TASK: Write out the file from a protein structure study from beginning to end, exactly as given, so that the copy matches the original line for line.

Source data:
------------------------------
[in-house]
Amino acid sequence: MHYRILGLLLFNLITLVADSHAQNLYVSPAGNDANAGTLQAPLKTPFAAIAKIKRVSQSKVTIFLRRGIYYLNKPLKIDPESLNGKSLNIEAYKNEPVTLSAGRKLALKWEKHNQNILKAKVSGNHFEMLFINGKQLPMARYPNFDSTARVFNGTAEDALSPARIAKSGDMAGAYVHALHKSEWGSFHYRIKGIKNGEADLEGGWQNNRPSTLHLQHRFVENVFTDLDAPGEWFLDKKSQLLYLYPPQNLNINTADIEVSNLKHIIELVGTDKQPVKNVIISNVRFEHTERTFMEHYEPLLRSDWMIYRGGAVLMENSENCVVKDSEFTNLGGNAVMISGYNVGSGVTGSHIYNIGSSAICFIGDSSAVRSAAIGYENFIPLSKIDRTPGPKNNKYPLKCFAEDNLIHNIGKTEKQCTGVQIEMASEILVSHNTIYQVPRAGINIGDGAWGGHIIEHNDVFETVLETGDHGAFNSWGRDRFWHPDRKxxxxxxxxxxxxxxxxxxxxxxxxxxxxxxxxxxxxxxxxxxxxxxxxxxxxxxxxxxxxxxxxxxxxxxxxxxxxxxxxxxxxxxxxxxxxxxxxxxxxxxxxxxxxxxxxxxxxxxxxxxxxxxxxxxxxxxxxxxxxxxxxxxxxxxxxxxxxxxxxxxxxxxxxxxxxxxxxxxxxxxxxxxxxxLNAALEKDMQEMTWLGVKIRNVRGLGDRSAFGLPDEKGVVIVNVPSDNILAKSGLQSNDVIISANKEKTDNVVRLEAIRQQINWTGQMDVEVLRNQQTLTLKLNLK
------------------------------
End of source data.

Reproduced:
[in-house]
Amino acid sequence: MHYRILGLLLFNLITLVADSHAQNLYVSPAGNDANAGTLQAPLKTPFAAIAKIKRVSQSKVTIFLRRGIYYLNKPLKIDPESLNGKSLNIEAYKNEPVTLSAGRKLALKWEKHNQNILKAKVSGNHFEMLFINGKQLPMARYPNFDSTARVFNGTAEDALSPARIAKSGDMAGAYVHALHKSEWGSFHYRIKGIKNGEADLEGGWQNNRPSTLHLQHRFVENVFTDLDAPGEWFLDKKSQLLYLYPPQNLNINTADIEVSNLKHIIELVGTDKQPVKNVIISNVRFEHTERTFMEHYEPLLRSDWMIYRGGAVLMENSENCVVKDSEFTNLGGNAVMISGYNVGSGVTGSHIYNIGSSAICFIGDSSAVRSAAIGYENFIPLSKIDRTPGPKNNKYPLKCFAEDNLIHNIGKTEKQCTGVQIEMASEILVSHNTIYQVPRAGINIGDGAWGGHIIEHNDVFETVLETGDHGAFNSWGRDRFWHPDRKxxxxxxxxxxxxxxxxxxxxxxxxxxxxxxxxxxxxxxxxxxxxxxxxxxxxxxxxxxxxxxxxxxxxxxxxxxxxxxxxxxxxxxxxxxxxxxxxxxxxxxxxxxxxxxxxxxxxxxxxxxxxxxxxxxxxxxxxxxxxxxxxxxxxxxxxxxxxxxxxxxxxxxxxxxxxxxxxxxxxxxxxxxxxxLNAALEKDMQEMTWLGVKIRNVRGLGDRSAFGLPDEKGVVIVNVPSDNILAKSGLQSNDVIISANKEKTDNVVRLEAIRQQINWTGQMDVEVLRNQQTLTLKLNLK